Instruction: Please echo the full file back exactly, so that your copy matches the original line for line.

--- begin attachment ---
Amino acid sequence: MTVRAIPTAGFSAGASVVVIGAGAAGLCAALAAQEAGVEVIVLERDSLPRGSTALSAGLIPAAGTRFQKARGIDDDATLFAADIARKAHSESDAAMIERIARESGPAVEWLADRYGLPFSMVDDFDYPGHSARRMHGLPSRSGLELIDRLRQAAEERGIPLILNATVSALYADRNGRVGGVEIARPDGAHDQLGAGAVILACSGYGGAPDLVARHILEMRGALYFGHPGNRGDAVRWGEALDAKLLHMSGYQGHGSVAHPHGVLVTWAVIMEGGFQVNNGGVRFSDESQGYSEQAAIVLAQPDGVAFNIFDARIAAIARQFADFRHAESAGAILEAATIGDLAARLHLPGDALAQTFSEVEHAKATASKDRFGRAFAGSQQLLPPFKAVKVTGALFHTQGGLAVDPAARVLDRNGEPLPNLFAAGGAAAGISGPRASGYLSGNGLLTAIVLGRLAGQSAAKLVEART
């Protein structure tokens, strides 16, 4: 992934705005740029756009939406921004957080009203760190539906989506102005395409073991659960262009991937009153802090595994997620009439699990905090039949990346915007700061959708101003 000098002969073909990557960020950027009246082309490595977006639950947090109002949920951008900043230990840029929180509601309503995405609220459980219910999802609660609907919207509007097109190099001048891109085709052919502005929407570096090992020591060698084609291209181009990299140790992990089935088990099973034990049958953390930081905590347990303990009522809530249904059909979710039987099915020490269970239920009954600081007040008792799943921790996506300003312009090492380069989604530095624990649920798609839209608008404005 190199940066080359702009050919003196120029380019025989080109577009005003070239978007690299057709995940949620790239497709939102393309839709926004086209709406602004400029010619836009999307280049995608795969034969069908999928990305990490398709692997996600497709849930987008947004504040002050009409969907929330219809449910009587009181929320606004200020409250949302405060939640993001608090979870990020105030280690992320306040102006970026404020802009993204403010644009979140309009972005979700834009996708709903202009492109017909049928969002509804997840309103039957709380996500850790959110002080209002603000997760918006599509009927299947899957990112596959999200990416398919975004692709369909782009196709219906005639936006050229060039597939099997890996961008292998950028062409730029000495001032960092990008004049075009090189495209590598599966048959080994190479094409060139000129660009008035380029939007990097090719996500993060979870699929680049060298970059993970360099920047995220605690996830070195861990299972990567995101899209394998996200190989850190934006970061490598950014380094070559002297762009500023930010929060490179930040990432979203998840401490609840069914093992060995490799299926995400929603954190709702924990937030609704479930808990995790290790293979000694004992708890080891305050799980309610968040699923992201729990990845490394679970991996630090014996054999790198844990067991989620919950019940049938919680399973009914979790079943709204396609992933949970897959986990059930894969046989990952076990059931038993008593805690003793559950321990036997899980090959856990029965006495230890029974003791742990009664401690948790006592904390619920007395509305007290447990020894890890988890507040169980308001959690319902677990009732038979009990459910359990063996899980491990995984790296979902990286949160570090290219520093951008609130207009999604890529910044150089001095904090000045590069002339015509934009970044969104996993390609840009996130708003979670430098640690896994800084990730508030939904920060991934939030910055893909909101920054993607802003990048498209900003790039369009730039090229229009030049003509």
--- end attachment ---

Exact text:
Amino acid sequence: MTVRAIPTAGFSAGASVVVIGAGAAGLCAALAAQEAGVEVIVLERDSLPRGSTALSAGLIPAAGTRFQKARGIDDDATLFAADIARKAHSESDAAMIERIARESGPAVEWLADRYGLPFSMVDDFDYPGHSARRMHGLPSRSGLELIDRLRQAAEERGIPLILNATVSALYADRNGRVGGVEIARPDGAHDQLGAGAVILACSGYGGAPDLVARHILEMRGALYFGHPGNRGDAVRWGEALDAKLLHMSGYQGHGSVAHPHGVLVTWAVIMEGGFQVNNGGVRFSDESQGYSEQAAIVLAQPDGVAFNIFDARIAAIARQFADFRHAESAGAILEAATIGDLAARLHLPGDALAQTFSEVEHAKATASKDRFGRAFAGSQQLLPPFKAVKVTGALFHTQGGLAVDPAARVLDRNGEPLPNLFAAGGAAAGISGPRASGYLSGNGLLTAIVLGRLAGQSAAKLVEART
């Protein structure tokens, strides 16, 4: 992934705005740029756009939406921004957080009203760190539906989506102005395409073991659960262009991937009153802090595994997620009439699990905090039949990346915007700061959708101003 000098002969073909990557960020950027009246082309490595977006639950947090109002949920951008900043230990840029929180509601309503995405609220459980219910999802609660609907919207509007097109190099001048891109085709052919502005929407570096090992020591060698084609291209181009990299140790992990089935088990099973034990049958953390930081905590347990303990009522809530249904059909979710039987099915020490269970239920009954600081007040008792799943921790996506300003312009090492380069989604530095624990649920798609839209608008404005 190199940066080359702009050919003196120029380019025989080109577009005003070239978007690299057709995940949620790239497709939102393309839709926004086209709406602004400029010619836009999307280049995608795969034969069908999928990305990490398709692997996600497709849930987008947004504040002050009409969907929330219809449910009587009181929320606004200020409250949302405060939640993001608090979870990020105030280690992320306040102006970026404020802009993204403010644009979140309009972005979700834009996708709903202009492109017909049928969002509804997840309103039957709380996500850790959110002080209002603000997760918006599509009927299947899957990112596959999200990416398919975004692709369909782009196709219906005639936006050229060039597939099997890996961008292998950028062409730029000495001032960092990008004049075009090189495209590598599966048959080994190479094409060139000129660009008035380029939007990097090719996500993060979870699929680049060298970059993970360099920047995220605690996830070195861990299972990567995101899209394998996200190989850190934006970061490598950014380094070559002297762009500023930010929060490179930040990432979203998840401490609840069914093992060995490799299926995400929603954190709702924990937030609704479930808990995790290790293979000694004992708890080891305050799980309610968040699923992201729990990845490394679970991996630090014996054999790198844990067991989620919950019940049938919680399973009914979790079943709204396609992933949970897959986990059930894969046989990952076990059931038993008593805690003793559950321990036997899980090959856990029965006495230890029974003791742990009664401690948790006592904390619920007395509305007290447990020894890890988890507040169980308001959690319902677990009732038979009990459910359990063996899980491990995984790296979902990286949160570090290219520093951008609130207009999604890529910044150089001095904090000045590069002339015509934009970044969104996993390609840009996130708003979670430098640690896994800084990730508030939904920060991934939030910055893909909101920054993607802003990048498209900003790039369009730039090229229009030049003509």